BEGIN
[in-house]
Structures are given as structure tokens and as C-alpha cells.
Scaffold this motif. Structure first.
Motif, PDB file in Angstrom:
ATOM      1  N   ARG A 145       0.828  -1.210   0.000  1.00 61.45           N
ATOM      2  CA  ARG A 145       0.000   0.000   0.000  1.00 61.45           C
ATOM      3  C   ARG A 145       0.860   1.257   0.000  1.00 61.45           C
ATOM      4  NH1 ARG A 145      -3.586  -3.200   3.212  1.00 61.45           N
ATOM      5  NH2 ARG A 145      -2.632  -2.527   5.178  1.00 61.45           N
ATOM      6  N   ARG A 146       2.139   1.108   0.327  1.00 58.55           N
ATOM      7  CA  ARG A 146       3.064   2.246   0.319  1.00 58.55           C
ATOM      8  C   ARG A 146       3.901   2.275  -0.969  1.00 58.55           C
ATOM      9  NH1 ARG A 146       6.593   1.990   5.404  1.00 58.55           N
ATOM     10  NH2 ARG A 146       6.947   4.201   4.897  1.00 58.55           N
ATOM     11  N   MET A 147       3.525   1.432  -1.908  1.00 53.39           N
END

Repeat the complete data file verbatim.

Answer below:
[in-house]
Structures are given as structure tokens and as C-alpha cells.
Scaffold this motif. Structure first.
Motif, PDB file in Angstrom:
ATOM      1  N   ARG A 145       0.828  -1.210   0.000  1.00 61.45           N
ATOM      2  CA  ARG A 145       0.000   0.000   0.000  1.00 61.45           C
ATOM      3  C   ARG A 145       0.860   1.257   0.000  1.00 61.45           C
ATOM      4  NH1 ARG A 145      -3.586  -3.200   3.212  1.00 61.45           N
ATOM      5  NH2 ARG A 145      -2.632  -2.527   5.178  1.00 61.45           N
ATOM      6  N   ARG A 146       2.139   1.108   0.327  1.00 58.55           N
ATOM      7  CA  ARG A 146       3.064   2.246   0.319  1.00 58.55           C
ATOM      8  C   ARG A 146       3.901   2.275  -0.969  1.00 58.55           C
ATOM      9  NH1 ARG A 146       6.593   1.990   5.404  1.00 58.55           N
ATOM     10  NH2 ARG A 146       6.947   4.201   4.897  1.00 58.55           N
ATOM     11  N   MET A 147       3.525   1.432  -1.908  1.00 53.39           N